In the latest weather report Google’s Matt Cutts has suggested that in 2013 we are going to see an updated or additional Google algorithm that works to filter out poor quality online stores from its organic search results. Filtering out low quality results is nothing new to Google, but it seems that Google now thinks it is time to filter eCommerce sites as well.
Online stores rarely sell something unique so a large number offer items that are near duplicates of what is sold by other stores. This problem is made worse by affiliate program’s easy access to the web and by the less than complex road map to set up an open-source eCommerce platform with some free-lance content.
Google’s own Search Quality Rating Guidelines released in November 2012 outline to human graders what they should look for when considering whether a website is a real merchant site:
- a “view your shopping cart” link that stays on the same site.
- a shopping cart that updates when you add items to it.
- a return policy with a physical address.
- a shipping charge calculator that works.
- a “wish list” link, or a link to postpone the purchase of an item until later.
- a way to track FedEx orders.
- a user forum that works.
- the ability to register or login.
- a gift registry that works.
In addition, Google added:
- A page does not need to have all of these features to be considered a true merchant.
- Yahoo! Stores are true merchants – they are typically not thin affiliates.
- Some true smaller merchants take users to another site to complete the transaction because they use a third party to process the transaction. These merchants are not thin affiliates.
- Many large web retailers offer affiliate programs. Some of the most common examples are Amazon.com, eBay.com, Zappos.com, Allposters.com, Hotels.com, Orbitz.com, and Overstock.com.
Beyond True Merchants
If I were a Google search engineer and I had access to tools and algorithms that are available to filter low quality merchants from top ranked organic search results, I would expect a little more from this update. Then what Matt Cutts said at SMX West would make better sense: Google doesn’t want “low quality experience merchants” in high positions in the results.
What we are really talking about here is another filter, for that is the only way that we know Google has to ensure that sites don’t rank in high positions for any keywords. Secondly, this is about an experience, or the quality, of eCommerce pages. This is so reminiscent of the Panda filter that I instantly jumped to review Google’s own advice for websites affected by the update, in order to determine what makes a good quality website.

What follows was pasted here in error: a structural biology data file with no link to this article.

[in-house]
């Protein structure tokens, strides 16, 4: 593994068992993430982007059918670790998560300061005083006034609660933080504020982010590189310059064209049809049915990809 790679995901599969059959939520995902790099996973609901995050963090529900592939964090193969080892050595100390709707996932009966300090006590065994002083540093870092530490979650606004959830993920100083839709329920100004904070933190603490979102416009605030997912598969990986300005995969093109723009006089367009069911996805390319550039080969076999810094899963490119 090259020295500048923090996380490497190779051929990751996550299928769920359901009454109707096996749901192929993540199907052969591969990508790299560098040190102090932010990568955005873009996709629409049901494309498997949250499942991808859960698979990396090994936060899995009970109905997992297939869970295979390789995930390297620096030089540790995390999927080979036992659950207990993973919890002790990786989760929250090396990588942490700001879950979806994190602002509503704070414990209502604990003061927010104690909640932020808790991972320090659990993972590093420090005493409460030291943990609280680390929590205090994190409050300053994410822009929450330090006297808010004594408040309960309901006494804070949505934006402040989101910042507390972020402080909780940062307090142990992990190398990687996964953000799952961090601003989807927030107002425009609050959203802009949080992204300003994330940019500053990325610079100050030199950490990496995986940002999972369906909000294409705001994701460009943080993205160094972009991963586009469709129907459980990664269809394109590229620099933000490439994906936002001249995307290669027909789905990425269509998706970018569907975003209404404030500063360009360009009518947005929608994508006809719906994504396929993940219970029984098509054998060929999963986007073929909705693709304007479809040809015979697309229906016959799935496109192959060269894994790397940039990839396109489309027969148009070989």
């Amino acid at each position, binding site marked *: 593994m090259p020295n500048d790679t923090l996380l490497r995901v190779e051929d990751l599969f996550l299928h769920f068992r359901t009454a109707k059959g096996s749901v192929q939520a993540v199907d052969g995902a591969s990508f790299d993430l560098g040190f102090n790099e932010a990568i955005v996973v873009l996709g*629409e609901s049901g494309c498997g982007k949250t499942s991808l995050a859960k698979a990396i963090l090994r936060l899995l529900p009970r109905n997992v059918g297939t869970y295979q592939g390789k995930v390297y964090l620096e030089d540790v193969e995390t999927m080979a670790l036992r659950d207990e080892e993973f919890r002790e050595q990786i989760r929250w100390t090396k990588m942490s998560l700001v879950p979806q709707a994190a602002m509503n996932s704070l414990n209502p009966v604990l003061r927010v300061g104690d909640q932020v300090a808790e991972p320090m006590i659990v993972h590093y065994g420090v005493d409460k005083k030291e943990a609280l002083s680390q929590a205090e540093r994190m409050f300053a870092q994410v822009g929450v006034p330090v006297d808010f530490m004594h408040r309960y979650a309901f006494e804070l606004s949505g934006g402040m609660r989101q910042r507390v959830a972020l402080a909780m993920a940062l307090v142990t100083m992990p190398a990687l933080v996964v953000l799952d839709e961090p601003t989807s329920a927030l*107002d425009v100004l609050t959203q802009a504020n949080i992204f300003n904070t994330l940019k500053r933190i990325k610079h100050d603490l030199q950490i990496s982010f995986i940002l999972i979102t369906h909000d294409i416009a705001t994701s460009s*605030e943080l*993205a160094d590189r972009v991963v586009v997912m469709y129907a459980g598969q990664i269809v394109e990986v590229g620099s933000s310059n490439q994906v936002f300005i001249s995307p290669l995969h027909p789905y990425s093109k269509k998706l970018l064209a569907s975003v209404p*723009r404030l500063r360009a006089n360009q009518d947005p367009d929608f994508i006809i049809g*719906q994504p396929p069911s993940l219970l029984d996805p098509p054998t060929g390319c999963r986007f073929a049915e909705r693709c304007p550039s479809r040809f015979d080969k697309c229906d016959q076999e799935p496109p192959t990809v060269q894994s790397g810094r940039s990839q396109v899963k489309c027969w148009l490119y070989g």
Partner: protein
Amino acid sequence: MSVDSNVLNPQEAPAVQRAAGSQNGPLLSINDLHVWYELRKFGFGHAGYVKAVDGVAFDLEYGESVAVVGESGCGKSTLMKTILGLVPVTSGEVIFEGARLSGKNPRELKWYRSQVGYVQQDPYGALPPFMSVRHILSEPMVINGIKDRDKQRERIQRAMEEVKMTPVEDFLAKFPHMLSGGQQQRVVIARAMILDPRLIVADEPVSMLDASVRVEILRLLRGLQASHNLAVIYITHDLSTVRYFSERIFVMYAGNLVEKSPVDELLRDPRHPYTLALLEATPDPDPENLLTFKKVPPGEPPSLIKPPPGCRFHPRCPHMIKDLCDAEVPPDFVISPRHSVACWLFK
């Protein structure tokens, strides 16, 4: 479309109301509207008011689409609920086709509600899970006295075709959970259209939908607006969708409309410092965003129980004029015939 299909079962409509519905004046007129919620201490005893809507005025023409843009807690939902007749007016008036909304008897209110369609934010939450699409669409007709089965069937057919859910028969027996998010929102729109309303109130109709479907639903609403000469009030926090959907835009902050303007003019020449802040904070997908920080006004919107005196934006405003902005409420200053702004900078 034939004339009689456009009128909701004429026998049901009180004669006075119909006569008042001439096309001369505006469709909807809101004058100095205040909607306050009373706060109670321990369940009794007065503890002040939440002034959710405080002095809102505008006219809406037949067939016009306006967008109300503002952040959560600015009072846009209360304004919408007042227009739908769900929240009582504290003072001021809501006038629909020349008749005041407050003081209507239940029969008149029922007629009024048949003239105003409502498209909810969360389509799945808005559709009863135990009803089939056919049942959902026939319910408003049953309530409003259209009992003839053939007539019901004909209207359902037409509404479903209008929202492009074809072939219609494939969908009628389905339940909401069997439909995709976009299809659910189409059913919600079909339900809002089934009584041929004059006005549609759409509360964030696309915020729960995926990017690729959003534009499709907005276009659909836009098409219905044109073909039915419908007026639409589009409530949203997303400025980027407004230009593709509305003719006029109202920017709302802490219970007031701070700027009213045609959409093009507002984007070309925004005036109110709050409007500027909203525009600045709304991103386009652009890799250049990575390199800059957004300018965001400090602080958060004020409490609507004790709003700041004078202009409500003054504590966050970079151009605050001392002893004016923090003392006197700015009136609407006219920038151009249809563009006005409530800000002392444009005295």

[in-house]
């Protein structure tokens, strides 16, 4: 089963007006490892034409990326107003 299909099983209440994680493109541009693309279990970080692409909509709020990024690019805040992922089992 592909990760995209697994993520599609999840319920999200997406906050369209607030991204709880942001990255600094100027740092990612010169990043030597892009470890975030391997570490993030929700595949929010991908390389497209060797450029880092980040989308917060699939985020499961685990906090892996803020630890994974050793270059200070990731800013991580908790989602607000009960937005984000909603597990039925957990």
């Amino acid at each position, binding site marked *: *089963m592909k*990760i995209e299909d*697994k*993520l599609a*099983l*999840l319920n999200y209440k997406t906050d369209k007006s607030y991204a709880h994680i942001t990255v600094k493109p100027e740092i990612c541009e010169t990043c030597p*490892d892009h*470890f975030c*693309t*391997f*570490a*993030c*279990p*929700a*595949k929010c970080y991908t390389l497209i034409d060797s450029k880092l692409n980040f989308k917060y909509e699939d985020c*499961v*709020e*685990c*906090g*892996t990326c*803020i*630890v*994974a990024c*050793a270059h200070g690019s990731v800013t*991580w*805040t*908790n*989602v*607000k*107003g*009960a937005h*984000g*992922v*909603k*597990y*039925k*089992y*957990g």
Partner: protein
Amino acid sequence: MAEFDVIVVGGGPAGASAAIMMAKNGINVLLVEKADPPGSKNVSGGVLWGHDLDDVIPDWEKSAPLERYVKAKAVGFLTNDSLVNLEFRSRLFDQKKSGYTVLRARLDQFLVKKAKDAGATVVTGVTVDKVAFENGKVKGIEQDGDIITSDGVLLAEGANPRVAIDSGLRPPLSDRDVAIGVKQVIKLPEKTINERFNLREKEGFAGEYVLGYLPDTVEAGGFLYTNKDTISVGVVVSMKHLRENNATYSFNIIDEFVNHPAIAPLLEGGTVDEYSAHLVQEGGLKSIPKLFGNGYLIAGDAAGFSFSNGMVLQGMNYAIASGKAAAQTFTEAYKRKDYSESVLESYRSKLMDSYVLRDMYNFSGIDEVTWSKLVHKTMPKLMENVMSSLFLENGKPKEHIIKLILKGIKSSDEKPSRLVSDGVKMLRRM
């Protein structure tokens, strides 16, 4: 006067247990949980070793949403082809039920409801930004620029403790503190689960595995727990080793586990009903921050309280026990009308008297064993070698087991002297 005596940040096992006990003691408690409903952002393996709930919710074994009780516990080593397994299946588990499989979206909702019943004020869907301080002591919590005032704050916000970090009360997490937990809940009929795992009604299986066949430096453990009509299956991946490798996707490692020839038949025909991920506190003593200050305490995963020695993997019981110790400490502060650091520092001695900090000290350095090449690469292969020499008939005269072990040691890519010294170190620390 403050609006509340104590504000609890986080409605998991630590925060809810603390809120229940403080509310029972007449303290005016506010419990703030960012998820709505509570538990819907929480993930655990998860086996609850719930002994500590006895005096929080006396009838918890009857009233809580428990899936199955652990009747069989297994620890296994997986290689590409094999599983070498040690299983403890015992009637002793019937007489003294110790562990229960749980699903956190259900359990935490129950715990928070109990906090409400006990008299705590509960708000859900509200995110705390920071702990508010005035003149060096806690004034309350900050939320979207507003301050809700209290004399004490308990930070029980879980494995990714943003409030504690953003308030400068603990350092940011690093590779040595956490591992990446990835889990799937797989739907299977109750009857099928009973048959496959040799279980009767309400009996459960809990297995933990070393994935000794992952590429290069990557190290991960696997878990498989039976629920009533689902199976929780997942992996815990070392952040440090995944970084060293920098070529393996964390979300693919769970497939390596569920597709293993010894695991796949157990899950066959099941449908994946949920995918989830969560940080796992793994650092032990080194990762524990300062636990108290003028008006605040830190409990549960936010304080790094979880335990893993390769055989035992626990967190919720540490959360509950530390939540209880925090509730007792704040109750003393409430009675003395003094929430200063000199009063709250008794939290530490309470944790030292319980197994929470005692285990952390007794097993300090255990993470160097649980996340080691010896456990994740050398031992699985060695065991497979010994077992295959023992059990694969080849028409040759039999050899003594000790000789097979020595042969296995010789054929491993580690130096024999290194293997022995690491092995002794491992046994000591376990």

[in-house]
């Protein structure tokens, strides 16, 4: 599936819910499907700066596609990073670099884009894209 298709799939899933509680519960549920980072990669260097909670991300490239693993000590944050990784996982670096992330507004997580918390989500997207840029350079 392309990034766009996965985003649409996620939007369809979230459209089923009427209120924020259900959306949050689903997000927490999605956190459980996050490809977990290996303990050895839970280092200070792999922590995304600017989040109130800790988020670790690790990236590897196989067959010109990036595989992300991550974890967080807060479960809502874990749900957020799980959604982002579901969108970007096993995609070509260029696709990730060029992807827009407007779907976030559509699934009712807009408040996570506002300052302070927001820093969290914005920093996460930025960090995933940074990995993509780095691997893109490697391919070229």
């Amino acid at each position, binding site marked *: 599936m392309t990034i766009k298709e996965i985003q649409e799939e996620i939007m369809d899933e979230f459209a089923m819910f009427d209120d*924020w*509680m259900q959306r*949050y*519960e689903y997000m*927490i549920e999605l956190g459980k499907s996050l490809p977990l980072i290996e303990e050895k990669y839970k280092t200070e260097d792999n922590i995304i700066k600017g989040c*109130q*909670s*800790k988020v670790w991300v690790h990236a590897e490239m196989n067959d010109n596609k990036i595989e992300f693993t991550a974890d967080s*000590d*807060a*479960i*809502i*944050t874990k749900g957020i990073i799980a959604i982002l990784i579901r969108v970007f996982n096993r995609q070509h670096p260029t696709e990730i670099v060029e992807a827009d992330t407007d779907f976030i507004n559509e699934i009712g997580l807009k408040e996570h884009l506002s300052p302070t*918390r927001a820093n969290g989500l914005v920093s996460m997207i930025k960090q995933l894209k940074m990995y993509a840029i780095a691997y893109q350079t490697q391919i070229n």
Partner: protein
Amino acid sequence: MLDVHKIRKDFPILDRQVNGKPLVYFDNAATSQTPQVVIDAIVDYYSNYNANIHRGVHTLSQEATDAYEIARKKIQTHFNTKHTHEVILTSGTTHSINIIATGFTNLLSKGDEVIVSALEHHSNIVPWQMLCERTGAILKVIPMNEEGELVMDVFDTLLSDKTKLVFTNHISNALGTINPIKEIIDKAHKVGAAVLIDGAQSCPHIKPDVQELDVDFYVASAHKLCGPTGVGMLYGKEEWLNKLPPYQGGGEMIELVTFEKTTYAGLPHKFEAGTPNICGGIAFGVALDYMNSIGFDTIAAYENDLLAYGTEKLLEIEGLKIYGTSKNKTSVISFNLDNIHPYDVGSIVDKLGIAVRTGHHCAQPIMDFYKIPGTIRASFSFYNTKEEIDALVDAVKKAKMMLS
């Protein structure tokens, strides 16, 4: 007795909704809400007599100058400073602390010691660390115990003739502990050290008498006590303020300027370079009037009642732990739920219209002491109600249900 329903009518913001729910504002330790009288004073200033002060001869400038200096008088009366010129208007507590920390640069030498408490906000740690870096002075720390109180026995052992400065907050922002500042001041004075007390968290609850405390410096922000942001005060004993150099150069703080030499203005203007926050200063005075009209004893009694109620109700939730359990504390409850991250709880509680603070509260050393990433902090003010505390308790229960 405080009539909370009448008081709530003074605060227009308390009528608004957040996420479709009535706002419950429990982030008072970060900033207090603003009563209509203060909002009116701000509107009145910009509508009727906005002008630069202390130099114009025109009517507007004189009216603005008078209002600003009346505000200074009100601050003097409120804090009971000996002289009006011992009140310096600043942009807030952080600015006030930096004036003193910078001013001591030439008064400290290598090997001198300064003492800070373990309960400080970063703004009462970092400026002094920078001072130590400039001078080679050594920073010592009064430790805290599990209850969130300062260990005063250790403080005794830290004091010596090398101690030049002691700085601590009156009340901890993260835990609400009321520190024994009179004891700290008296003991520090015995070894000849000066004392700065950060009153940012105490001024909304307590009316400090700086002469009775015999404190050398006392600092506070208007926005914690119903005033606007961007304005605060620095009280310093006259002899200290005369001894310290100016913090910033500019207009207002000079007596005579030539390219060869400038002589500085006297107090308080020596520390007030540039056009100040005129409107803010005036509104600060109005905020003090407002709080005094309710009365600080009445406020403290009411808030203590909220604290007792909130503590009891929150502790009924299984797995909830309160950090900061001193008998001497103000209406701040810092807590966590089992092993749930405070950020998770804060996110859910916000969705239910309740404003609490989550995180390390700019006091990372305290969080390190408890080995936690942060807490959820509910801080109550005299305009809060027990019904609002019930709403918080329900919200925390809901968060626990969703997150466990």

I looked back at the Panda questions that Google released on May 6th 2011 to see which of these could be more directly applied to merchant sites. Here I can add a couple questions of my own about merchant sites:
- Would you feel comfortable providing payment information and a home address to this merchant? Does the website look trustworthy? Web users are very good at judging whether to trust a merchant by looking at the site’s design. First impressions come when looking at the design and layout: do I see what I expected to see, and do I want to continue to “invest” time in visiting this website?
Action: Invest in a good design with usability testing.
- Does the website contain transparent information about the company and products through customer reviews? a buyer needs to be able to engage with the company they are about to make a purchase from. Just like when we go into a clothing store to buy something, we like to ask questions and get honest, open answers. On the web the merchant needs to offer potential customers a way to contact the seller. The merchant also needs to let customers write reviews of the products they have purchased, and to post them even if they are not stellar. If customers do not like the products that merchants sell, they need to know when to pull them from their shelves.
Action: Provide clear contact details and heavily encourage user reviews.
- Would you bookmark this site to revisit for future purchases? This is a question of the merchant’s range and visitor’s experience. Do visitors feel that there is a range of goods that might satisfy their next shopping need? Does the site provide information through functionality to enable the user to evaluate a future purchase?
Action: Ensure you have an inventory that matches your competitors and create great content around your inventory.